With the number of individuals/vehicles on the road today, automobile accidents are frequent and even minor ones can cause damage. The most obvious is the destruction of the vehicle during and after the collision. But these crashes and accidents also cause serious damage to the body that is not immediately visible or felt. Almost every accident and crash results in injuries to one or more of the individuals involved. Vehicle collisions both great and small involve force being applied as two or more vehicles collide. The direction and amount of force can cause damage to the body from twisting, bending, slamming, and jolting in ways the body was not meant to do. There is a 1 in 5 chance of being involved in an automobile accident that causes bodily injury.
The most frequent injuries include:
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Even a minor automobile accident can cause bruising. A collision can jerk/jolt the body from the seat belt, while it is doing its job of keeping the individual from flying out the window, it can leave bruises for days afterward. Bruises are rarely serious injuries that require medical attention and usually heal within a week or two.
The physical force from an accident can cause the head to move at speeds that it should not move at. Pain or discomfort in the neck and back after a collision can indicate a sustained whiplash strain to the muscles and ligaments. These strains can be painful and take weeks for a full recovery and if left untreated could result in chronic pain.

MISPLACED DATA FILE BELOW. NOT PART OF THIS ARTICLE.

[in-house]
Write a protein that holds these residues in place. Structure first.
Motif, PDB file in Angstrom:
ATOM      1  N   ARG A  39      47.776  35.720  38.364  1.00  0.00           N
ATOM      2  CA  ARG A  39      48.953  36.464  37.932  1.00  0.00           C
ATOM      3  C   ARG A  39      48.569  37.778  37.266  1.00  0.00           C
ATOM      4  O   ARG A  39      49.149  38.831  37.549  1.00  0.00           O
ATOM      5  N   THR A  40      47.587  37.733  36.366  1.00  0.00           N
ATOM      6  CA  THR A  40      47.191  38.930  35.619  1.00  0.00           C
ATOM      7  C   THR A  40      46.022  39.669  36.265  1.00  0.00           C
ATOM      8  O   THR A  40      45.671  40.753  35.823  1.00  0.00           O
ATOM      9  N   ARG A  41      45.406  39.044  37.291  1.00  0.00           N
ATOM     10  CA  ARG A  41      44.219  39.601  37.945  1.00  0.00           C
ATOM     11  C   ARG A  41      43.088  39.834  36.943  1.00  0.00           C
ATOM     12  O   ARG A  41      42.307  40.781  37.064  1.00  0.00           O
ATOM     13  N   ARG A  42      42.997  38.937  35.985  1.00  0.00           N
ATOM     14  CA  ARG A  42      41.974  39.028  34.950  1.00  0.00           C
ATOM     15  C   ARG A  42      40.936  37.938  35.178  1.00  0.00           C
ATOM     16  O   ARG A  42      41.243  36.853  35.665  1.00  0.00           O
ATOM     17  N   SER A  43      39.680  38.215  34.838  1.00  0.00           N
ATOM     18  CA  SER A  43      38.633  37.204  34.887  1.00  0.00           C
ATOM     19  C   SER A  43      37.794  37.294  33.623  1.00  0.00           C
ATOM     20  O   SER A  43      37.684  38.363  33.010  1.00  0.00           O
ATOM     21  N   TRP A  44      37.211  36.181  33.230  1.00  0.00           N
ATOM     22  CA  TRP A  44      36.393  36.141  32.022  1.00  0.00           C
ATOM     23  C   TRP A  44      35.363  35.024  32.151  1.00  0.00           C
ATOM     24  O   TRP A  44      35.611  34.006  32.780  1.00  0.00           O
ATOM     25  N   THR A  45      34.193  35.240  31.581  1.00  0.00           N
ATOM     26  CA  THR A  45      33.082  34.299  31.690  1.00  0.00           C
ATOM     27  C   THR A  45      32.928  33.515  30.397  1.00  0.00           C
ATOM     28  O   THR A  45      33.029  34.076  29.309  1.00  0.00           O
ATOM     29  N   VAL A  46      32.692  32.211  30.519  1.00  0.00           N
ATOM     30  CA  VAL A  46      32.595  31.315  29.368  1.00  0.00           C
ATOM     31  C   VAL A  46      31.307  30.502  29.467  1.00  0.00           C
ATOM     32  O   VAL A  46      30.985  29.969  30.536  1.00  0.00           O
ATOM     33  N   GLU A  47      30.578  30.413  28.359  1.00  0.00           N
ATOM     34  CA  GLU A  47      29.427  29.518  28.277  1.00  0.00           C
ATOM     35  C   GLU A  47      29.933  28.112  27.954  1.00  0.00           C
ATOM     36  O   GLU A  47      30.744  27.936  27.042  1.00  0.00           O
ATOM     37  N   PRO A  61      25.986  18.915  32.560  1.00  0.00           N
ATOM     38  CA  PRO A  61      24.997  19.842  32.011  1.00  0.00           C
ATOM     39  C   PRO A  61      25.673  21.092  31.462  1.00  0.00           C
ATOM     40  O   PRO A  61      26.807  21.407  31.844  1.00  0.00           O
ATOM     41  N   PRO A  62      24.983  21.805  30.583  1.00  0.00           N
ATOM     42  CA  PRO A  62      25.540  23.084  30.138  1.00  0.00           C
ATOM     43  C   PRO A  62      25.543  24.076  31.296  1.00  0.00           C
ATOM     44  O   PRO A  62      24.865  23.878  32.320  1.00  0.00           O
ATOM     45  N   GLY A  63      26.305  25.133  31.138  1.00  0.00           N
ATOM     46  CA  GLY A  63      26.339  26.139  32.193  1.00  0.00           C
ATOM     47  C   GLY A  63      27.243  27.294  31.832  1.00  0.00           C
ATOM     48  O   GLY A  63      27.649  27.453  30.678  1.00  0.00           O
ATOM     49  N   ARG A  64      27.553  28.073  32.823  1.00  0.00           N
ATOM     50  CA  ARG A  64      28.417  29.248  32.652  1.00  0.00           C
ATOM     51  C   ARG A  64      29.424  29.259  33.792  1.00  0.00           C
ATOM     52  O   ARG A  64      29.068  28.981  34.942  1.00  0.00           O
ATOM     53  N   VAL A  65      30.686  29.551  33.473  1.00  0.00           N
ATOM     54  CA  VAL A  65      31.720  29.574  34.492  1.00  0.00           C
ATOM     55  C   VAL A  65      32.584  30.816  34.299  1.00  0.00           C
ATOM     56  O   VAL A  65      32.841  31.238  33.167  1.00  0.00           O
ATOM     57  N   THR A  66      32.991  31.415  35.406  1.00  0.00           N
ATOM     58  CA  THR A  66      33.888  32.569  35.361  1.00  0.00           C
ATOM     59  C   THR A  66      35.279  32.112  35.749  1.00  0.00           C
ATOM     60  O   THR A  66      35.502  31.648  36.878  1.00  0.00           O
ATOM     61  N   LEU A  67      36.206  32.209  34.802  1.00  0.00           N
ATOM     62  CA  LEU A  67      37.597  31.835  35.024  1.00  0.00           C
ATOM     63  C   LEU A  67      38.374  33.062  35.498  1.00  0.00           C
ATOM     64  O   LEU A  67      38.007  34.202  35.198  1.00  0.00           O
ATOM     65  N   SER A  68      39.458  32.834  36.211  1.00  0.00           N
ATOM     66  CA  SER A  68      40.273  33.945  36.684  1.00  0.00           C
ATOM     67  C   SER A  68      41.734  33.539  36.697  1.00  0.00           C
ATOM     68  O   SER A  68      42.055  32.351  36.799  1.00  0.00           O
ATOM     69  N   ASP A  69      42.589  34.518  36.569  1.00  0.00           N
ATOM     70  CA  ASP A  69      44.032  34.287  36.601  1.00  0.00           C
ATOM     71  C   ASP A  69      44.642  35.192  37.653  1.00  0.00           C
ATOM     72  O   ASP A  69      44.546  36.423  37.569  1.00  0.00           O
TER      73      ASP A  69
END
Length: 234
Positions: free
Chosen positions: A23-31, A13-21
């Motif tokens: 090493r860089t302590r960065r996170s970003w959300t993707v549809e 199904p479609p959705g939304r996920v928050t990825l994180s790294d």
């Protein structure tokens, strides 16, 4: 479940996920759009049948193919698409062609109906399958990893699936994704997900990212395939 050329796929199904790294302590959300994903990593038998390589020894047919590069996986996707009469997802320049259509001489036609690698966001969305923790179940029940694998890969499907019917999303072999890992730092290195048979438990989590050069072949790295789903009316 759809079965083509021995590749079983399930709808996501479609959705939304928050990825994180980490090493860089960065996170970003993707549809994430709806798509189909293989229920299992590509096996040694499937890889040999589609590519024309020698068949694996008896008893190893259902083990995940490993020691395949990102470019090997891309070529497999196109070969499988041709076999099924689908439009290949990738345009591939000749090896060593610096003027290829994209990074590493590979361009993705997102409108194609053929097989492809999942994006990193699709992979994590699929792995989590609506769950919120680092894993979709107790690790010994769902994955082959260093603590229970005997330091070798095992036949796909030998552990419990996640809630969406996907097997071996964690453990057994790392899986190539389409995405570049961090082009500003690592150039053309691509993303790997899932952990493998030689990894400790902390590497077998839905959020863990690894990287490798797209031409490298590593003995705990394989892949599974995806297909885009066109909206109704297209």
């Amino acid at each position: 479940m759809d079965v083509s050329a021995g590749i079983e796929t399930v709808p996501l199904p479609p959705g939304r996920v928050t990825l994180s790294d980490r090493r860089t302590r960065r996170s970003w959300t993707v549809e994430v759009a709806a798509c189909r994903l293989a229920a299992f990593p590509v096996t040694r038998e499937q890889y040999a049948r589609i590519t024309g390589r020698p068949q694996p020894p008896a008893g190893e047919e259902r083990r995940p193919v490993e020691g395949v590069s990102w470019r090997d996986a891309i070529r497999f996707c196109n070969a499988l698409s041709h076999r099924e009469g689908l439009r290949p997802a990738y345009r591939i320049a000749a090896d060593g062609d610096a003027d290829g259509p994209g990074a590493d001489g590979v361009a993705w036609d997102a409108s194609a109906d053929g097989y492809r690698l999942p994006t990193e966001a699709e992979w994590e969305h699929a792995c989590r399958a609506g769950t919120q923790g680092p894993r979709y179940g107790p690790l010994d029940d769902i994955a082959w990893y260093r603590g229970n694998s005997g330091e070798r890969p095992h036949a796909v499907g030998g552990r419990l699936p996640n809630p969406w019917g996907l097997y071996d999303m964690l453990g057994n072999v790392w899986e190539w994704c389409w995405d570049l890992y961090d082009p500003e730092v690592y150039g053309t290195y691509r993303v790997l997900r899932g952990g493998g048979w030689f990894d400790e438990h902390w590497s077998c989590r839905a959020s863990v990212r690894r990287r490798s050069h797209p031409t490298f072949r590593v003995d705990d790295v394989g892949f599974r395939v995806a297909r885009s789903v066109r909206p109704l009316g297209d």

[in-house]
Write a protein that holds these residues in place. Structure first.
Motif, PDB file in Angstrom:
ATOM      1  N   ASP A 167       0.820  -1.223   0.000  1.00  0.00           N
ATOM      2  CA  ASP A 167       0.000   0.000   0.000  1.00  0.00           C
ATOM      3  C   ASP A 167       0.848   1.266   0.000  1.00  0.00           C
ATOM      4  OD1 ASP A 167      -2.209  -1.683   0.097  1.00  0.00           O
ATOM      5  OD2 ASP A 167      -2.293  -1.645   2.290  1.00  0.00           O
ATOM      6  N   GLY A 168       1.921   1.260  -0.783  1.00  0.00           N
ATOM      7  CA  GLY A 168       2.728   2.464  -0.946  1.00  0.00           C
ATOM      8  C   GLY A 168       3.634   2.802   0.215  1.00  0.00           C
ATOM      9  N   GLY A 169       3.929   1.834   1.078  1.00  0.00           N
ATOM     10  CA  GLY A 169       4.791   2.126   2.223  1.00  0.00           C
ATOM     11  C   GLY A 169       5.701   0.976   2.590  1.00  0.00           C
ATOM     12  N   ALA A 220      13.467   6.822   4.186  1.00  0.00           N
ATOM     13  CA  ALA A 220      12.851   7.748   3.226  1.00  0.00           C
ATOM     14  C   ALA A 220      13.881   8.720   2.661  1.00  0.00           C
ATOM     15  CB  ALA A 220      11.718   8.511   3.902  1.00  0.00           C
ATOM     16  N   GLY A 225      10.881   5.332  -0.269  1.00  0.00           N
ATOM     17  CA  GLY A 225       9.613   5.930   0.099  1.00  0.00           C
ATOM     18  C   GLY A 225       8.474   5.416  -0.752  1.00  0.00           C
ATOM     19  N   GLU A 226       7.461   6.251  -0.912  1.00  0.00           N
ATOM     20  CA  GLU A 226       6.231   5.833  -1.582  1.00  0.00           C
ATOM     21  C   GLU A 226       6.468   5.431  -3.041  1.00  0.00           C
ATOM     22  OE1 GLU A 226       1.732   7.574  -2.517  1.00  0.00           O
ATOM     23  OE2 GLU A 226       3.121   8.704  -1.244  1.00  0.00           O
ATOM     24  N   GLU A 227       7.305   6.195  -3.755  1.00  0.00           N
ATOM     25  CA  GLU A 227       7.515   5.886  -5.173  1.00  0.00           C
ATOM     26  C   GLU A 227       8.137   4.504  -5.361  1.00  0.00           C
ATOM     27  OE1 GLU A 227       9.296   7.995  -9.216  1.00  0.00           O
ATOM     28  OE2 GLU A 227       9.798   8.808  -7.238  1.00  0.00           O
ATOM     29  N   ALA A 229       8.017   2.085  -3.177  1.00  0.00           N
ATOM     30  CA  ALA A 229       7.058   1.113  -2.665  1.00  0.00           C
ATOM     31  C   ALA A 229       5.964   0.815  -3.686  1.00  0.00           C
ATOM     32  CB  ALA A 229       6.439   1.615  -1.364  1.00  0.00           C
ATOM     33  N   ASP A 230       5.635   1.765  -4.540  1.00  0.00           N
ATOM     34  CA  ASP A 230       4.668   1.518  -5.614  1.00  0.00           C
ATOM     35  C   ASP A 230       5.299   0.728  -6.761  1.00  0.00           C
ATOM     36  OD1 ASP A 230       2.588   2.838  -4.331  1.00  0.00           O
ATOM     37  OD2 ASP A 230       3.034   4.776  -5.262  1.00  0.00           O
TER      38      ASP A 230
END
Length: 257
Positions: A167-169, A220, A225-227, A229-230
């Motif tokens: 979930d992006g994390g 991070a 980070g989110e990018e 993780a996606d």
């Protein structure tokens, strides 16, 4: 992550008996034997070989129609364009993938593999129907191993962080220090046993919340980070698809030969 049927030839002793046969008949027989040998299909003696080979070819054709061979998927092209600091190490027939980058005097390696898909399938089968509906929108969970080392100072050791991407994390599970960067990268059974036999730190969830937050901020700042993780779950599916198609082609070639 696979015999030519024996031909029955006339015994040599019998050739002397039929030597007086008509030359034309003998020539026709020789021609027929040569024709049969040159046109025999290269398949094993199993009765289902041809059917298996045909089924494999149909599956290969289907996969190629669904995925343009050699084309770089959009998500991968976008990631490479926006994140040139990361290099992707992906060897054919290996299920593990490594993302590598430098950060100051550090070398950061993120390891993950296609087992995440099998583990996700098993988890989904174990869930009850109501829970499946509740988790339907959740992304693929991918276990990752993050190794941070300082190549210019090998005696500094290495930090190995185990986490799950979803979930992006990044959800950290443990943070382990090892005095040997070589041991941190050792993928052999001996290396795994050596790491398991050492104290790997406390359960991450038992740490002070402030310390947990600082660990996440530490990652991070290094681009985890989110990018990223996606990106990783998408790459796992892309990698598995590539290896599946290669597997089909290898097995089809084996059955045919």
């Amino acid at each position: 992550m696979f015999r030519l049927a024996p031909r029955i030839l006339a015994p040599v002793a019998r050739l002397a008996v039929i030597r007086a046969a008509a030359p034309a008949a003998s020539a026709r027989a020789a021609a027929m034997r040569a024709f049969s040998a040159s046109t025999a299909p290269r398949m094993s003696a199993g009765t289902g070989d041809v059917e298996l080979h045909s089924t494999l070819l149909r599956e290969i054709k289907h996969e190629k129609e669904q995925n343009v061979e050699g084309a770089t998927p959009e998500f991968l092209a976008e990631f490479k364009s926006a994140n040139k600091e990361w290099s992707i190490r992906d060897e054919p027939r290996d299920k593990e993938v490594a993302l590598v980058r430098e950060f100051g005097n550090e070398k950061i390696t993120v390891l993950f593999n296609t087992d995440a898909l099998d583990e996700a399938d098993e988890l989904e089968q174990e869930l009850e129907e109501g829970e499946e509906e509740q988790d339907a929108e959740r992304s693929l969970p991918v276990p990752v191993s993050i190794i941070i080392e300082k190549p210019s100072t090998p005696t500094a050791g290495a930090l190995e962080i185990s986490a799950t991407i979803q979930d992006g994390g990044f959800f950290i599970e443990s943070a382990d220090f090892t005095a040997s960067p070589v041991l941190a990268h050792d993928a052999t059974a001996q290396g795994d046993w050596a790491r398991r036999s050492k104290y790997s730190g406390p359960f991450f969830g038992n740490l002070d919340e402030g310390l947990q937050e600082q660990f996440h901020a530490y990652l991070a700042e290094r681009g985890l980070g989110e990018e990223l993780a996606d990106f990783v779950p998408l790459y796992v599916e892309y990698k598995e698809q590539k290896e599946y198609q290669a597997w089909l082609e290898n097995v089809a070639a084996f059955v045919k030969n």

The intense force that the body endures from a collision can cause serious damage to the body that is not immediately apparent or present with inflammation/pain letting the individual know that something is not right. Herniations or ruptures of the discs in the spine can occur. This can lead to serious injuries that cause intense pain and limit mobility and flexibility. If pain continues after several days, or there is a history of neck/back injury/s and/or condition/s, consult with an accident chiropractic specialist or spine specialist to see if there is an injury to the spine or surrounding muscles, tendons, and ligaments. Chiropractic treatment and physical therapy are important to return the body to optimal health. Surgery could be an option if there is sustained serious neck or spinal injury.
During a collision, hitting the head on the steering wheel, window, or roof is frequent and can cause a concussion. Individuals can experience problems with memory, like not remembering what happened before the collision, or feeling like brain function is not as quick. Treatment for any kind of head injury is crucial. Treatment will help alleviate headaches and help restore the brain to a healthy state.
These injuries can cause life-altering effects. A traumatic brain injury can change:
Recovery from a brain injury is possible but can take time, depending on the type and severity of the damage.
When the body goes through extreme stress like an automobile accident there is the potential to develop emotional and mental conditions like post-traumatic stress disorder or PTSD. Symptoms can include:
Treatment is vital and psychologists and therapists can help individuals express their feelings, and educate individuals on techniques to deal with stresses, anxieties, and fears to get them to a healthy life.